clock menu more-arrow no yes mobile

Filed under:

The 2023 NBA Mid-playoffs Survey

Who will prevail in Nuggets-Lakers and Celtics-Heat? Plus, a game of head coach matchmaker for the league’s best jobs and bold offseason predictions for this postseason’s biggest losers.

Getty Images / Ringer illustration

If the four teams in the NBA’s 2023 conference finals look familiar, it’s because the four of them were just here. The Los Angeles Lakers, Denver Nuggets, Boston Celtics, and Miami Heat all played in the 2020 conference finals in the Disney bubble. Now, just three (extremely long) years later, they’re back in the driver’s seat and just four wins away from a trip to the Finals.

It wasn’t easy getting back. In the West, the Lakers knocked off another juggernaut to advance, beating the Golden State Warriors in six games and handing them a list of existential offseason questions. Meanwhile, the Nuggets outdueled the Phoenix Suns, giving the newly formed superteam a frustratingly long summer of self-reflection.

On the other side of the bracket, the Heat refused to relent (again) against the New York Knicks, and the Boston Celtics came back from a 3-2 deficit to outlast the Philadelphia 76ers in seven games.

And now, after a month of full-blown chaos, some of the NBA’s biggest names will face off for a chance to play on its biggest stage. To preview the action—and discuss some of the ripple effects from the second round—the Ringer NBA team teamed up to answer five burning questions.

What story line will decide Lakers vs. Nuggets?

Rob Mahoney: Whether Anthony Davis can both slow down Nikola Jokic and stifle everything else he creates. The Warriors were at their best in their second-round matchup against the Lakers when they involved Davis directly in the pick-and-roll, pulling him away from the basket and forcing L.A.’s supporting cast to cover all the space behind him. Hopefully the Lakers defense got used to that arrangement because it will basically be the default for every possession in the Western Conference finals—only, instead of Davis guarding Draymond Green or Kevon Looney, he’ll be checking a two-time MVP who can score or facilitate from anywhere. Jokic has been shooting 48 percent from deep in these playoffs, picking coverages apart on the short roll, and absolutely dominating inside. Can the Lakers defense, which has been absolutely exceptional to this point, really stand up to that? It’s a lot to ask of any team, especially when Jokic turns every player around him into a problem.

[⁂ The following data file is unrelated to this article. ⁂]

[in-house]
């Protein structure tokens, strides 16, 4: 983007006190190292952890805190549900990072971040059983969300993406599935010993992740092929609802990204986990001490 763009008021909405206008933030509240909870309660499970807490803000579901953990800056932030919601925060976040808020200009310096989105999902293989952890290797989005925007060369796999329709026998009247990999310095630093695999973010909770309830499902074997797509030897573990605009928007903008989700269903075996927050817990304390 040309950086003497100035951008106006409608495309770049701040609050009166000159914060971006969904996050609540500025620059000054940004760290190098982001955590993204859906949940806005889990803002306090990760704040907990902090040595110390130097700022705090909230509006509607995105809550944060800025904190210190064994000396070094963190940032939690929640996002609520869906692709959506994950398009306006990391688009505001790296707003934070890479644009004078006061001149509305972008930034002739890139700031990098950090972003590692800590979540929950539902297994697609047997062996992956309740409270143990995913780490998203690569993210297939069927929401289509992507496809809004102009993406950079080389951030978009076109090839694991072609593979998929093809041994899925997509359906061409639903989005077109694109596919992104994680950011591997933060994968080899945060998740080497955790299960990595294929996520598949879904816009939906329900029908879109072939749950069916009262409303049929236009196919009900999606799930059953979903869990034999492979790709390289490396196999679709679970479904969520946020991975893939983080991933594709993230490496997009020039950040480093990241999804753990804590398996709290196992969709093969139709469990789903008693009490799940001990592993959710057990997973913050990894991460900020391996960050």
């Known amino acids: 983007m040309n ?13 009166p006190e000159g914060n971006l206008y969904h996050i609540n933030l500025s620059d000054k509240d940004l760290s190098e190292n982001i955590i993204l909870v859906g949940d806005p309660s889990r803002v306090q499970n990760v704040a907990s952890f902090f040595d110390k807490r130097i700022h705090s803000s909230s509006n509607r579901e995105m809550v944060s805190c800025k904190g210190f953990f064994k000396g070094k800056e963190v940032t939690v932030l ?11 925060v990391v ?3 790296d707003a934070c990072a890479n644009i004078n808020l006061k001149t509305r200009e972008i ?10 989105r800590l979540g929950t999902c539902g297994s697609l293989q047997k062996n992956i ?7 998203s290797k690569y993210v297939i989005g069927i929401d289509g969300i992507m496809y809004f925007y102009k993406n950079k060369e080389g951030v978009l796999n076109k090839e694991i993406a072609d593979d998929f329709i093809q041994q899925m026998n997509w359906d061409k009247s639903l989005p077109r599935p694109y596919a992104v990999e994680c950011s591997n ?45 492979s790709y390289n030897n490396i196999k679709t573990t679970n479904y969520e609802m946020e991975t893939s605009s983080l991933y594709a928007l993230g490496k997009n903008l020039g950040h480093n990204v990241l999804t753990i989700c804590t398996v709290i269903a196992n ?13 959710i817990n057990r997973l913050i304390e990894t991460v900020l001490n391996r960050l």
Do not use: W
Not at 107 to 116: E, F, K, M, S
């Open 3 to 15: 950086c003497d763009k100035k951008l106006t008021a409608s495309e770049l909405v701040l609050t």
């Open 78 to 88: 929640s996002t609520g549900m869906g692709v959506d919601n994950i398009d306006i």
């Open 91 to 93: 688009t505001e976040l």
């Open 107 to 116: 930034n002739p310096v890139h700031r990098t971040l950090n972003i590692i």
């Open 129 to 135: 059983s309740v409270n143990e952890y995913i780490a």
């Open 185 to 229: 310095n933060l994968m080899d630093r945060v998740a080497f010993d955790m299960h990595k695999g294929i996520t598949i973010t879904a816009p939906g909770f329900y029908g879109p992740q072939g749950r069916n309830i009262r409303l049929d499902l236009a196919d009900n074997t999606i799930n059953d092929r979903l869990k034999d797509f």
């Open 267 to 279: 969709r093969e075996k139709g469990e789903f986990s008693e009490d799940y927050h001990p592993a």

Seerat Sohi: Fatigue. The Lakers are coming off playing a game every other day against the breakneck movement of the Warriors, LeBron James is operating on one healthy foot, and after three nights of rest, the Lakers will have to get used to huffing and puffing in high-altitude Denver. On the other hand, the Nuggets have shrunk their rotation to eight players. If James can summon the stamina to consistently punish them on the interior, Michael Malone will likely have to bring Bruce Brown off the bench even sooner than he’s become accustomed to lately—a development that could push the burden of attrition back to the Nuggets.

Michael Pina: Who will guard Jokic? Will the Lakers stick Davis (by far the best defender in these playoffs) on him to try to limit huge scoring outputs from the two-time MVP? Or will they opt for a different matchup that lets AD stay around the paint? Aaron Gordon could be an intriguing option for Davis to defend, but that matchup doesn’t help with their most obvious defensive dilemma: Jokic. The Lakers will spend this entire series trying to answer one of basketball’s most complicated questions.

Zach Kram: The Nuggets traded for Gordon so that they’d have a better defender against the West’s best big wings. He fulfilled that promise against Kevin Durant in the last round and now gets a chance against James. I trust Kentavious Caldwell-Pope and Brown—two more shrewd, defensively oriented acquisitions for Denver—to slow the Lakers’ other perimeter scorers. And if Gordon can keep LeBron relatively in check as well, the Lakers won’t be able to score enough to win this series.

Matt Dollinger: How deep can LeBron dig? I loved James pretending Friday that he didn’t know he’d get three nights of rest if the Lakers finished off the Warriors in Game 6. Something tells me the 38-year-old was well aware of the rare respite he’d get, which might have been why he played 43 minutes and topped 30 points for the first time this postseason. Or maybe it was a complete coincidence. Either way, LeBron has to be well aware that this could be his last shot at a title, particularly as (arguably) a team’s best player. Chances are he’ll come out looking fresh in Game 1.